The Government stated in early July that it has no plans on increasing the State pension age beyond 66, and further details have since been reported of a radical shake-up of the pension systems, which was agreed in principle by the Government last week.
It is understood that Minister for Social Protection Heather Humphreys brought the proposal to a Cabinet sub-committee meeting recently.
The plan detailed what was termed a "flexible pension age" which would enable people to receive the State pension at 66, but also to "build up" a higher payment if they continue working beyond this age, until the age of 70.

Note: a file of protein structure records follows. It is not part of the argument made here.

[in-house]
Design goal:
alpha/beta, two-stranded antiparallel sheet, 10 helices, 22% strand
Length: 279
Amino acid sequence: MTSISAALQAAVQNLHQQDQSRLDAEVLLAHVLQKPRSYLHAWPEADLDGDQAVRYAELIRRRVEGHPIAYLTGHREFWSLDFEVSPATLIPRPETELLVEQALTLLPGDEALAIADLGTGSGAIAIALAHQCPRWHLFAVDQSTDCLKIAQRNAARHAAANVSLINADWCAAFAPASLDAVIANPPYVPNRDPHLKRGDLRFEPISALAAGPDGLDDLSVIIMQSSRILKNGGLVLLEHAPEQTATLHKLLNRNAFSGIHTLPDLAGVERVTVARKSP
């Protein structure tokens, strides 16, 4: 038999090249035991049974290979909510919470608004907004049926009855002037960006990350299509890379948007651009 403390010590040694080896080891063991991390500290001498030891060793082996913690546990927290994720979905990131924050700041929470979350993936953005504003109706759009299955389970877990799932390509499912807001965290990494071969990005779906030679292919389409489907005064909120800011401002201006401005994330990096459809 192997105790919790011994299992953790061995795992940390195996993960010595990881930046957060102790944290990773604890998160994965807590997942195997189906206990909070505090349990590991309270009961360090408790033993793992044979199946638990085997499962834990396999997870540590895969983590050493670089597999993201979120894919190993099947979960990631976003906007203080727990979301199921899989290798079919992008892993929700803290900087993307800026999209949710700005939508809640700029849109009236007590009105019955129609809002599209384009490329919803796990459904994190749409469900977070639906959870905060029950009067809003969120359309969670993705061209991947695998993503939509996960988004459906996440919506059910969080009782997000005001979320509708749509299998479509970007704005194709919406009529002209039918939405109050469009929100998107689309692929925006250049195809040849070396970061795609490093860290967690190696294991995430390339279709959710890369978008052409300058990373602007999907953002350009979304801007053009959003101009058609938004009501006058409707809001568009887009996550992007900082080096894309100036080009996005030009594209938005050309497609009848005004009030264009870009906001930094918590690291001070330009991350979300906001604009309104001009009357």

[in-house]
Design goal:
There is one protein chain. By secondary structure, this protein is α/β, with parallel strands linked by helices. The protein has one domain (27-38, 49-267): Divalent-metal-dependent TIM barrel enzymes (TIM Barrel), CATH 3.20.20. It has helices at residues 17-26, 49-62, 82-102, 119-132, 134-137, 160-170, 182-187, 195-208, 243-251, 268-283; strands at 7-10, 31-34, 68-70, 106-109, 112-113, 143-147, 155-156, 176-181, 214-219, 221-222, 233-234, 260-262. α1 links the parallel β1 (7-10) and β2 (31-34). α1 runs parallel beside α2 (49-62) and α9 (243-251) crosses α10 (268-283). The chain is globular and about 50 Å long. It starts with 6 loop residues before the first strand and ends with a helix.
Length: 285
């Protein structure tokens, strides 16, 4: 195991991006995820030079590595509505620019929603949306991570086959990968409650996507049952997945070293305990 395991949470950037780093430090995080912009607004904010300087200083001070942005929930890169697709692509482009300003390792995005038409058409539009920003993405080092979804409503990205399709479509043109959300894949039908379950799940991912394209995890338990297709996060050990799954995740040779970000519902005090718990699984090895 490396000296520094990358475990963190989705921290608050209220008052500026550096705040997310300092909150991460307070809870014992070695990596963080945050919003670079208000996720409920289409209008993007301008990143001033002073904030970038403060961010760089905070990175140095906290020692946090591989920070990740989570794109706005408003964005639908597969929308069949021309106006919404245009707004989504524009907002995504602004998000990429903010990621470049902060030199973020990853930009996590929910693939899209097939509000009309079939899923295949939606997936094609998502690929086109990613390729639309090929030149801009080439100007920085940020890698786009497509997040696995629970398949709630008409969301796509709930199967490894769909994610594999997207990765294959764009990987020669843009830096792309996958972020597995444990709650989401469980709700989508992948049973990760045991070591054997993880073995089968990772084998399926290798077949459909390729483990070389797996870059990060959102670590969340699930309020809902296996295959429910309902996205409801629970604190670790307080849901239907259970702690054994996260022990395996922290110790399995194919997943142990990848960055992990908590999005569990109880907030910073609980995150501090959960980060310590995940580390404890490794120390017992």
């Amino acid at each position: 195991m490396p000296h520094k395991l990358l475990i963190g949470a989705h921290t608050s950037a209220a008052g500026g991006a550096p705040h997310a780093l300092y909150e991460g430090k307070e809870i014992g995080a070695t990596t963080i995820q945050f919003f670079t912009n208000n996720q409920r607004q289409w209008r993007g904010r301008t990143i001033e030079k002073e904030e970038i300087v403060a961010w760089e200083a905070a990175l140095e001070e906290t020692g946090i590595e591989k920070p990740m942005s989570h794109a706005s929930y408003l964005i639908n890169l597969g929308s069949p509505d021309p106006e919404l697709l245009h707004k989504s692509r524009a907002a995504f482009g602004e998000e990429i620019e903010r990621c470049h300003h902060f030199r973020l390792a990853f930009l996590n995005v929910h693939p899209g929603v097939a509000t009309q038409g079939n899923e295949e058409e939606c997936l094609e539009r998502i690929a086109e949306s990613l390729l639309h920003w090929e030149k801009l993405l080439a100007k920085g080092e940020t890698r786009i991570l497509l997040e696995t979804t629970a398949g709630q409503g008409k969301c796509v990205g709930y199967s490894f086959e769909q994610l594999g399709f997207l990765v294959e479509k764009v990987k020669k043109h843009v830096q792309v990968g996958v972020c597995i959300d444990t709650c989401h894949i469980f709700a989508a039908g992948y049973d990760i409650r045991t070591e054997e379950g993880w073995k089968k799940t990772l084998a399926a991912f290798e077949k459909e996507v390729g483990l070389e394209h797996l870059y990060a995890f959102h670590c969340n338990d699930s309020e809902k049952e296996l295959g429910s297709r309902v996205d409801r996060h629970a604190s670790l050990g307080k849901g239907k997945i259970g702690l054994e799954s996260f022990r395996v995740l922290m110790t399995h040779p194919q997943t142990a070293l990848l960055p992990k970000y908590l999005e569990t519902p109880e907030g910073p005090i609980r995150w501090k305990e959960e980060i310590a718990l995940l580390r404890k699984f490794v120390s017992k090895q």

Workers will also be able to defer their pension until the age of 70 after a broad agreement was reached among the Government parties on the issue.
Those who work beyond the age of 66 will receive a higher pension rate when they opt to retire. This is based on the fact that they will have paid more PRSI and will be in receipt of their pension over a shorter period.
This policy agreement in Government is likely to result in higher PRSI rates generally over time.
The final details of the proposal are still being worked on and plans are set to be finalised by the Government in the Autumn.